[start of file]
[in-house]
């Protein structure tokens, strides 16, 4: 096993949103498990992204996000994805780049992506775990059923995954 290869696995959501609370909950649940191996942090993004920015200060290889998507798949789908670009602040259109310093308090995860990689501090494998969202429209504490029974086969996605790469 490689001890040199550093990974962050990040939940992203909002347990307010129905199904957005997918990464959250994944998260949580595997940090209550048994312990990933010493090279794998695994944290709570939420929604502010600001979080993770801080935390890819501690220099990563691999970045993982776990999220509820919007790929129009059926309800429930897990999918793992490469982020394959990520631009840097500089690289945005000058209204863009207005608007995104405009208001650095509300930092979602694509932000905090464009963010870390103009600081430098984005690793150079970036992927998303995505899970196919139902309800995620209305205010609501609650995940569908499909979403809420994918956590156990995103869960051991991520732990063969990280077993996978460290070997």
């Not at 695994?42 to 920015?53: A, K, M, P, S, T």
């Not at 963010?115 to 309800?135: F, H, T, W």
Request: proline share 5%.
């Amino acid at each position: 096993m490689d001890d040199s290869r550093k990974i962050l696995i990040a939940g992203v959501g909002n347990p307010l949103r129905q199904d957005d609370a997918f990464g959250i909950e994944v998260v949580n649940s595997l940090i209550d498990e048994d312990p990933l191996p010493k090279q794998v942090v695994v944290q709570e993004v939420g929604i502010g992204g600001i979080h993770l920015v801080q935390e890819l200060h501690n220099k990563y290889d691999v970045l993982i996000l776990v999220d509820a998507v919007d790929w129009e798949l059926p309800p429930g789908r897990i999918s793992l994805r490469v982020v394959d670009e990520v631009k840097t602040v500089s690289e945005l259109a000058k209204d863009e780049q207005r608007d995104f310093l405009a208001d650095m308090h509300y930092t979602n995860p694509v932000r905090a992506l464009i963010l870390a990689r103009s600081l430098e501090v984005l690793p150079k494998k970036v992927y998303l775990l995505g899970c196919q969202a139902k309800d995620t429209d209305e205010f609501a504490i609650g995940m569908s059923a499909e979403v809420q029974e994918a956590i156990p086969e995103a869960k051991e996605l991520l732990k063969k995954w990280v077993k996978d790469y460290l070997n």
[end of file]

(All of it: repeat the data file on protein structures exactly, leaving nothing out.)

[in-house]
């Protein structure tokens, strides 16, 4: 096993949103498990992204996000994805780049992506775990059923995954 290869696995959501609370909950649940191996942090993004920015200060290889998507798949789908670009602040259109310093308090995860990689501090494998969202429209504490029974086969996605790469 490689001890040199550093990974962050990040939940992203909002347990307010129905199904957005997918990464959250994944998260949580595997940090209550048994312990990933010493090279794998695994944290709570939420929604502010600001979080993770801080935390890819501690220099990563691999970045993982776990999220509820919007790929129009059926309800429930897990999918793992490469982020394959990520631009840097500089690289945005000058209204863009207005608007995104405009208001650095509300930092979602694509932000905090464009963010870390103009600081430098984005690793150079970036992927998303995505899970196919139902309800995620209305205010609501609650995940569908499909979403809420994918956590156990995103869960051991991520732990063969990280077993996978460290070997």
């Not at 695994?42 to 920015?53: A, K, M, P, S, T």
């Not at 963010?115 to 309800?135: F, H, T, W």
Request: proline share 5%.
């Amino acid at each position: 096993m490689d001890d040199s290869r550093k990974i962050l696995i990040a939940g992203v959501g909002n347990p307010l949103r129905q199904d957005d609370a997918f990464g959250i909950e994944v998260v949580n649940s595997l940090i209550d498990e048994d312990p990933l191996p010493k090279q794998v942090v695994v944290q709570e993004v939420g929604i502010g992204g600001i979080h993770l920015v801080q935390e890819l200060h501690n220099k990563y290889d691999v970045l993982i996000l776990v999220d509820a998507v919007d790929w129009e798949l059926p309800p429930g789908r897990i999918s793992l994805r490469v982020v394959d670009e990520v631009k840097t602040v500089s690289e945005l259109a000058k209204d863009e780049q207005r608007d995104f310093l405009a208001d650095m308090h509300y930092t979602n995860p694509v932000r905090a992506l464009i963010l870390a990689r103009s600081l430098e501090v984005l690793p150079k494998k970036v992927y998303l775990l995505g899970c196919q969202a139902k309800d995620t429209d209305e205010f609501a504490i609650g995940m569908s059923a499909e979403v809420q029974e994918a956590i156990p086969e995103a869960k051991e996605l991520l732990k063969k995954w990280v077993k996978d790469y460290l070997n």